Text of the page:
I live in a staycation paradise. My house is a few miles outside the city limits of Fairbanks, right at the foot of Ester Dome, with both summer and winter mountain biking trails less than a half mile away in several directions, and countless miles of trails accessible beyond those. The hills just outside of Fairbanks are crisscrossed by dozens of trails, and as a mountain biker, I’ve always savored my luck at having such opportunities right out my door or a short drive or bike ride away. But never before the outbreak of COVID-19 and its accompanying restrictions on our activities have I appreciated it as much as I do now.
As Alaska went into quarantine in March, both Gov. Mike Dunleavy and the state’s chief medical officer, Dr. Anne Zink, told Alaskans to get outdoors. Both recognized that staying indoors looking at the walls (or worse, social media) is not conducive to good mental health under the best of circumstances, much less during a time of medical and economic uncertainty. And countless studies have shown that physically active people tend to have stronger immune systems than those who are idle.
It’s something I’ve known for decades. When I’m getting outside moving my body on a daily basis, I’m far less inclined to let life’s daily frustrations become more than blips on the radar. Having a mountain bike and trails to play on has helped me remain generally upbeat these past few months. And as Alaskans look around the state for quick getaways, mountain biking opportunities in the Interior beckon.
Fairbanks mountain bikers are blessed with many miles of non-motorized trails very close to town, and visitors should make the effort at exploring some of them. Ester Dome is one of the hot spots. The Ester Dome Single Track provides over ten miles of trail that can be accessed from a parking lot on Ester Dome Road, as well as a couple of discreet entry points elsewhere. There are two intersecting loops as well as some short but very fun side routes sprinkled along the way.
The Dome offers plenty of other options. Double track multi-use trails are scattered about. The most scenic stretch of the Equinox Marathon Trail provides several miles of gentle but fast downhill riding. And smaller, less noticeable pathways wander off in many directions.
Along the hills north of the city, cyclists can find a broad network of non-motorized trails. They begin on the west end on the campus of the University of Alaska and stretch all the way to Skyline Ridge above the east end of Farmers Loop Road. Skyline Ridge is a borough park that has a main trail and several twisty single tracks (look for the popular Secret Trail which is marked by a sign reading, “To Secret Trail”). From these riders can jump to the Skarland Ski Trail system and onward into the University trails for dozens of miles.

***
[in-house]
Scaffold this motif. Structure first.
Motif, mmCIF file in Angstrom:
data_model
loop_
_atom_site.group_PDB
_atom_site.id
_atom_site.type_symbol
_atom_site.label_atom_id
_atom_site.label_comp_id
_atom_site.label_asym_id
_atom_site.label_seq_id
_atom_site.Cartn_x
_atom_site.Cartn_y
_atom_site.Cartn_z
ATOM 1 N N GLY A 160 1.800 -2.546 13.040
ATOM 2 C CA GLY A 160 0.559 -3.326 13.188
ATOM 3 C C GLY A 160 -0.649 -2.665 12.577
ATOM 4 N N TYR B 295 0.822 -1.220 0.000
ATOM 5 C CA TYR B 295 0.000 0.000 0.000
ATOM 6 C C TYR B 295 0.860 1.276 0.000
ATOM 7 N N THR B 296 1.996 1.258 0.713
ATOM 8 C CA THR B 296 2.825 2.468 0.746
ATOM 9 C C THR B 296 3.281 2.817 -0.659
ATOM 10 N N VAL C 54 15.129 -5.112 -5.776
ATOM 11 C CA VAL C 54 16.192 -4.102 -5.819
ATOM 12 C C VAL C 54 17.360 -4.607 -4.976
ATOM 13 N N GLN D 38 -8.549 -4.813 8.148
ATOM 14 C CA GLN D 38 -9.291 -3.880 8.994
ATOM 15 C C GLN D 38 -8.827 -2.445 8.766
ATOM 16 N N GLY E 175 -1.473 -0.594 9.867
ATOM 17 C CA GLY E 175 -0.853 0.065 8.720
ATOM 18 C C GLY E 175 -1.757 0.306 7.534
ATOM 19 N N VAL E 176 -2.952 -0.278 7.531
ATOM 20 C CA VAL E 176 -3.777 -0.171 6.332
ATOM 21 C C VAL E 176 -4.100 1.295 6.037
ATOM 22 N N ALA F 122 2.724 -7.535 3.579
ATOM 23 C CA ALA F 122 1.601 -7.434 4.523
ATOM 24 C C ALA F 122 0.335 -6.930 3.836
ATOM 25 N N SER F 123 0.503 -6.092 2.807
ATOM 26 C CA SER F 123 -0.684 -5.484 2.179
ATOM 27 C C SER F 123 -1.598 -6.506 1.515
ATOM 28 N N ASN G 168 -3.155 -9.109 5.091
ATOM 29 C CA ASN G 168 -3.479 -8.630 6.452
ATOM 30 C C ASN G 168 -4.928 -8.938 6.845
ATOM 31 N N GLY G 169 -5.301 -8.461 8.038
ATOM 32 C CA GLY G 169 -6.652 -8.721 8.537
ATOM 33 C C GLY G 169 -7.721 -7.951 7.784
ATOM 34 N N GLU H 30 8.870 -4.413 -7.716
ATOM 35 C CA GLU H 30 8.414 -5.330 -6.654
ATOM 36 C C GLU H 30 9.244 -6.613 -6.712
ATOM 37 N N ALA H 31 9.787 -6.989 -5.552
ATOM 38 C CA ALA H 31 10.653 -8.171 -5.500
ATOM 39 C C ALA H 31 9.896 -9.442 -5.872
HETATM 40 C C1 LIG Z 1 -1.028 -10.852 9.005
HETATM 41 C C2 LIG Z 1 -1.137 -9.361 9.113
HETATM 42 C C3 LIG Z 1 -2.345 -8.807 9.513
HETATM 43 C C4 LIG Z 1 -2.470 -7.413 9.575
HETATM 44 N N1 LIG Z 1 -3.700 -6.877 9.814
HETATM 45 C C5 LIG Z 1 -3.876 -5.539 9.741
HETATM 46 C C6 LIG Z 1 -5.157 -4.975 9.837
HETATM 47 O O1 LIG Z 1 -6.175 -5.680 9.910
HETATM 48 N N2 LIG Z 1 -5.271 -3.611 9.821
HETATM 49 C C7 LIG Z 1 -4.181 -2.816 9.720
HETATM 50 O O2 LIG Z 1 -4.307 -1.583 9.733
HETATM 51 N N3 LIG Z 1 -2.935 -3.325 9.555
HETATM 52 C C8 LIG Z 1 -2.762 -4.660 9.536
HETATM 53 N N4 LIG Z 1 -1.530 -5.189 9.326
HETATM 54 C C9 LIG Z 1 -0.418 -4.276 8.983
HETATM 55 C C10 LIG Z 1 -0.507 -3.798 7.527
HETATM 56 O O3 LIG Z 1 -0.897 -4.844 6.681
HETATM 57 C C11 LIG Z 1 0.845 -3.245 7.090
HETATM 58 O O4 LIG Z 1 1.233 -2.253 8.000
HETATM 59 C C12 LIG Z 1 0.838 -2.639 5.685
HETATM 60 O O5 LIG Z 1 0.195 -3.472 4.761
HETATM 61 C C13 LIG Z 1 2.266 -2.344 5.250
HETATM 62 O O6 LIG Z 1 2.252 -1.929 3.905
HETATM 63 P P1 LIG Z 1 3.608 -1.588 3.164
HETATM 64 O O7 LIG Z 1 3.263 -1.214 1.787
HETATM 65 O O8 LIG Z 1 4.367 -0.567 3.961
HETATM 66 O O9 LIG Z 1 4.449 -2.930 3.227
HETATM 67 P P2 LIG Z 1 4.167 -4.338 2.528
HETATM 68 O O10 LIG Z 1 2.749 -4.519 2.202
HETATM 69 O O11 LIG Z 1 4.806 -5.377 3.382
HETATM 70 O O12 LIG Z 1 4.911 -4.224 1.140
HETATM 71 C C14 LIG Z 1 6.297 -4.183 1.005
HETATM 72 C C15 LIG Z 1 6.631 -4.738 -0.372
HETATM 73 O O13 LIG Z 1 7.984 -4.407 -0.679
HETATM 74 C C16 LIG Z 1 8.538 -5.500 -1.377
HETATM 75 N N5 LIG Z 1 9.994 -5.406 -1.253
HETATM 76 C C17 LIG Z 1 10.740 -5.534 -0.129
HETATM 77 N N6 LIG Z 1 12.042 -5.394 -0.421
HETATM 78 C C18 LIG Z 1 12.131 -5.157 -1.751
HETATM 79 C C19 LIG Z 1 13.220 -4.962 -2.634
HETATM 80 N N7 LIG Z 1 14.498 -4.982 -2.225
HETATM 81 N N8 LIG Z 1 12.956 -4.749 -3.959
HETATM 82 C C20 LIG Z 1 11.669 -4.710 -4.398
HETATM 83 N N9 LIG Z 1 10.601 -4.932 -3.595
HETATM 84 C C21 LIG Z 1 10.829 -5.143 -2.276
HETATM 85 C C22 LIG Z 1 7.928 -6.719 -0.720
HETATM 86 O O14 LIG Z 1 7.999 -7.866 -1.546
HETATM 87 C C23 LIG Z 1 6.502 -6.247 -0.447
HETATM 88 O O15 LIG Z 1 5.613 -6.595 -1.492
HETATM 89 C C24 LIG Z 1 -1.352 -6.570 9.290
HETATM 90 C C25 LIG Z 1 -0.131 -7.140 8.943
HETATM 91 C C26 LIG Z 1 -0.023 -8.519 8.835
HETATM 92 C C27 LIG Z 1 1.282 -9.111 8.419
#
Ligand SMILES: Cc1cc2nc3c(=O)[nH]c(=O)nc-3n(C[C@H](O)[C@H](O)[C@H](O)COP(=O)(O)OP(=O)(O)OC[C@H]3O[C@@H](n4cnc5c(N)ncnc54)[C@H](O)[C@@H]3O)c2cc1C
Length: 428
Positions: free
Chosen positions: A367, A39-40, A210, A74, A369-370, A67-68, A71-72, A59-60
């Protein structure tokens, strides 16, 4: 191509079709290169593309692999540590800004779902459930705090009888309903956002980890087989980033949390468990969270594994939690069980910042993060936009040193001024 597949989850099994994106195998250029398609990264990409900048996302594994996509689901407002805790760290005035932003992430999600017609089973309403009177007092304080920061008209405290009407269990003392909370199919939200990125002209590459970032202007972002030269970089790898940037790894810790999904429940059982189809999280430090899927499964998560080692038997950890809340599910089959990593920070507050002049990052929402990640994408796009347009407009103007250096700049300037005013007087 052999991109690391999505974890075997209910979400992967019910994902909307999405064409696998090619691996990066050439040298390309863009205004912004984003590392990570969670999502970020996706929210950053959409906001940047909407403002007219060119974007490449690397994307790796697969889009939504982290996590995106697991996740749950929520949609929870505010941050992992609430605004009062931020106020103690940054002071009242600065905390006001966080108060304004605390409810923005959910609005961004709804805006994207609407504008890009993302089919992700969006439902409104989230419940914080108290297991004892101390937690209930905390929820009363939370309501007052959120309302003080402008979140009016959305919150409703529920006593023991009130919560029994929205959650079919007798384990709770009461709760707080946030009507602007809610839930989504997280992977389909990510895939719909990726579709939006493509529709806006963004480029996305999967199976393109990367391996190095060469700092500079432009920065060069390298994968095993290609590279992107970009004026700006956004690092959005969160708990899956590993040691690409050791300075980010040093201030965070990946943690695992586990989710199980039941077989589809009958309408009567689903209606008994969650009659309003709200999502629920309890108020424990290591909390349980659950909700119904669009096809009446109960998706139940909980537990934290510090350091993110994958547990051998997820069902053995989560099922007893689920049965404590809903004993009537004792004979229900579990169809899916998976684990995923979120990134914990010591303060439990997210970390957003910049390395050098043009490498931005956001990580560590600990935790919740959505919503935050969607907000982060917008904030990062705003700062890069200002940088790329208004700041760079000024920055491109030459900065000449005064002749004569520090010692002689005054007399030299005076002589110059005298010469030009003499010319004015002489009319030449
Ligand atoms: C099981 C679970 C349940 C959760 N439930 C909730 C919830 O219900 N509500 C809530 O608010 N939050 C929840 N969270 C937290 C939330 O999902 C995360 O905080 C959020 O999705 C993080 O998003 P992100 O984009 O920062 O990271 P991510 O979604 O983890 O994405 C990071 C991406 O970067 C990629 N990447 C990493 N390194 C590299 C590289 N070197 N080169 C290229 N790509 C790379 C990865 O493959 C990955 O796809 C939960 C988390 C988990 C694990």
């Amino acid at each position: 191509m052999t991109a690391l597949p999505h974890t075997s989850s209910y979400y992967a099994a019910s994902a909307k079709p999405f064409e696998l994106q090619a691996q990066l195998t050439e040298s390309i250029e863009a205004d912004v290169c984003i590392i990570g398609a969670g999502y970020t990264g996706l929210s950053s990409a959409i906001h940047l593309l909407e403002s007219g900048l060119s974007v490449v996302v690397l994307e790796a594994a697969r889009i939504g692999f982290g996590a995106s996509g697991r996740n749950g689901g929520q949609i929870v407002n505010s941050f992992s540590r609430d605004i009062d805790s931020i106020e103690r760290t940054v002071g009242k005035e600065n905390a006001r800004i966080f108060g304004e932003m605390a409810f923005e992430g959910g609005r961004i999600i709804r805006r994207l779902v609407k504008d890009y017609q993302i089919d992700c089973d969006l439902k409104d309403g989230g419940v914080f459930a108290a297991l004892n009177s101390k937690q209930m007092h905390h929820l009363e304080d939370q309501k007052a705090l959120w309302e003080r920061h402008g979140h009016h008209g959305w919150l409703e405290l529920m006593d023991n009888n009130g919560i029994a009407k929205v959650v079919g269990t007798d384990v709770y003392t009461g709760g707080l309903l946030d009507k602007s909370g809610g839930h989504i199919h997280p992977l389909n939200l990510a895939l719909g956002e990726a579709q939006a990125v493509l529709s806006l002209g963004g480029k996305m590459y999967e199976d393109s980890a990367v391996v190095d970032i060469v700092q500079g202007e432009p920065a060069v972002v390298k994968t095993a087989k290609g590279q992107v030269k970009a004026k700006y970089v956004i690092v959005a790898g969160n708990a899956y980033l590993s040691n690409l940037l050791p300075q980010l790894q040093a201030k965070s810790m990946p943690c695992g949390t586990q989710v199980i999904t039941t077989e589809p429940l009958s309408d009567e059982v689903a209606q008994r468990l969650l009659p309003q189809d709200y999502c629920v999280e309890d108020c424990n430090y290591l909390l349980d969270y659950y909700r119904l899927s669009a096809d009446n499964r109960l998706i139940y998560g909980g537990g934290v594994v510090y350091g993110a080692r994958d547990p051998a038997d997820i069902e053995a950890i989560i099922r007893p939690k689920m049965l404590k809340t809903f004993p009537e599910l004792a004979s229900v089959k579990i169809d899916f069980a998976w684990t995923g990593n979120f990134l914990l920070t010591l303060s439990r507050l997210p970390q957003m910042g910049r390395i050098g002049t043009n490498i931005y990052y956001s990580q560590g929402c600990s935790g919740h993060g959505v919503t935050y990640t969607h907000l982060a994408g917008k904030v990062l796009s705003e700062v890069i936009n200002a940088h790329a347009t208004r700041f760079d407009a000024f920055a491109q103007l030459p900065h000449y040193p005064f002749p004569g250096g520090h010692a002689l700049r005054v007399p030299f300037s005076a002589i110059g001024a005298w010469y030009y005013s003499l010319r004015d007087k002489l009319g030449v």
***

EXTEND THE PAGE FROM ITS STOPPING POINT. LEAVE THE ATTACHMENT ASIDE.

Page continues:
Birch Hill, another borough park on the northeast edge of Fairbanks, is also popular with summer riders. The main trails are broad and not too steep, allowing for easy climbing and fast descents. The park extends onto Fort Wainwright, with some of the best single track trails in Fairbanks on base. Riders and walkers are free to use them, but the Army requires they carry personal identification.
Further out, lots of trails wind through the hills overlooking Goldstream Valley. And the Chena River State Recreation Area and White Mountains National Recreation Area have many miles of multiple use trails.
Fairbanks has fewer bears than the Anchorage basin, and most of them black bears. I’ve only once flushed one out in a quarter century of riding trails. I carry bear spray regardless. Also rain gear. It’s sunnier here than south of the Alaska Range, but thunderstorms can occur quite suddenly. I’ve headed out on many eighty degree days without a cloud in the sky, and come home soaked. There’s no devil’s club, but lots of mosquitoes. And with our smaller population, the trails are quieter than around Anchorage, but sometimes not as well maintained.
Most evenings since breakup I’ve been hitting the trails on Ester Dome, accompanied by my dog Loki, on what’s become a nightly staycation activity. Canine enthusiasm always doubles the fun of being out on a trail. For well-loved dogs, the quarantine has quite possibly been the best thing ever. And thanks to my dog and my mountain bike, it hasn’t been unpleasant for me either.
TrailMapper (http://trailmapper.org/) is a local site where maps and information on all the trails in the Fairbanks North Star Borough master plan can be found. Click on the Launch button at the top of the page. Lots of smaller trails not shown zigzag through the hills. Some cross private property, so be sure to respect no trespassing signs. All trails in the Fairbanks area are free to use.